Presentation at university of Petroleum and energy studies 2 September 2011

"60 YEARS OF THE ELECTORAL PROCESS, AND THE WAY AHEAD"
PRESENTATION BY
THE FORMER CHIEF ELECTION COMMISSIONER OF INDIA, NAVIN B. CHAWLA UNDER THE
AUSPICES OF THE UNIVERSITY OF PETROLEUM & ENERGY STUDIES, DEHRADUN
2ND SEPTEMBER 2011

“It is truly the greatest show on Earth, and ode to a diverse and democratic ethos… an inspiration to all the world”, commented the New York Times, on the recently concluded General Elections 2009. The question is what makes India’s General Elections unique and special? Is it the size, the magnitude, the unfathomable diversity, the manifold complexities, the form or content or something of all these? Much has been said about the magnitude of the elections in India. For the sake of record, I will restate some of the mind boggling figures a little later. But, the bottom-line is that the significance of Indian Elections cannot be easily captured in such simplistic terms. It is not about size and volume alone, for even when India opened its electoral account through the first General Elections in 1951-52, India was even then the largest democracy in the world. It is perhaps more about the boldness of the democratic enterprise at a time when there was no shortage of skeptics who said that India’s experiment with democracy would not last. The initial skepticism has long since been laid to rest. With each passing election, India has confirmed its status as a democratic beacon, conducting its general elections to Parliament and to its State Assemblies periodically, and on time, indeed without fail. When the President of USA made a statement recently that “by successfully completing the largest exercise of popular voting in the world, the elections have strengthened India’s vibrant democracy and upheld the values of freedom and pluralism that make India an example for us all”, there was an obvious reference to the global relevance of Indian democracy and its democratic elections. If India has emerged in the world’s consciousness as a global model for a plural democracy, the standards of election management has to be truly international and that is what India has once again demonstrated to the world and to herself. Having said that let me come to some of the nuts and bolts of the 2009 Parliamentary election.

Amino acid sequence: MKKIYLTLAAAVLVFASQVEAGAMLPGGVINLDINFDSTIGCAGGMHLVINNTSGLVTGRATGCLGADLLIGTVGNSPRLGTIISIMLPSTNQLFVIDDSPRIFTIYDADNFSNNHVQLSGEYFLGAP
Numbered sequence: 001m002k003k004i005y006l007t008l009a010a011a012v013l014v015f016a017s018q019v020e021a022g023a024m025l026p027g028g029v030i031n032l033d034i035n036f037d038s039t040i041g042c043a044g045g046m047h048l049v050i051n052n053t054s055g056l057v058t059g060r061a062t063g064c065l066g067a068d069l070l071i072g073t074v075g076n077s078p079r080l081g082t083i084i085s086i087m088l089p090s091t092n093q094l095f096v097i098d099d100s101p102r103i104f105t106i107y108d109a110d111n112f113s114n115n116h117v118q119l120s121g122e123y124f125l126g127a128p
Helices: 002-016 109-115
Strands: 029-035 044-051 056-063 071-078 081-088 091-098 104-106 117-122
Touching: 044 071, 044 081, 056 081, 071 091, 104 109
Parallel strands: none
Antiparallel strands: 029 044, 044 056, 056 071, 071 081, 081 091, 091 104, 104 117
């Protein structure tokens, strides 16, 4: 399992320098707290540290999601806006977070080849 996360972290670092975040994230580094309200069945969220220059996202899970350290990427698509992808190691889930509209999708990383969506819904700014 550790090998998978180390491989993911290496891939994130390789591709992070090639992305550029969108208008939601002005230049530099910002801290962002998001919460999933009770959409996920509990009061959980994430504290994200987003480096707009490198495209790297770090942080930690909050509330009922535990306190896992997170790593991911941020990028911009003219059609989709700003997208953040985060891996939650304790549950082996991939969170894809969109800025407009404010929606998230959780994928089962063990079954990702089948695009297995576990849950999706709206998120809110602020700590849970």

THE ELECTION SCHEDULE

As the term of the 14th Lok Sabha (The House of the People in the Parliament or Lower House) was to expire in the normal course on 1st June, 2009, in terms of the constitutional provisions, a new Lok Sabha was required to be constituted before the 2nd June, 2009. Though the deadline for delivering elections was known, the exact schedule of election is always drawn up by the Election Commission of India independently, with no consultation whatsoever with the Executive, and after taking inputs on various aspects that the Commission believes to be relevant. This is to ensure a level playing field and deny any undue advantage to the party in power. Designing a schedule and phasing options for a countrywide election in India is in itself an intense management exercise. It involves taking into account the schedules of school examinations in various parts of the country to avoid holding elections during the examination periods. In a plural society every festival and associated holidays needed to be factored in; the harvest season in certain parts of the country was kept in mind and the weathermen needed to be consulted with reference to onset of the monsoons or snow in higher mountain reaches.

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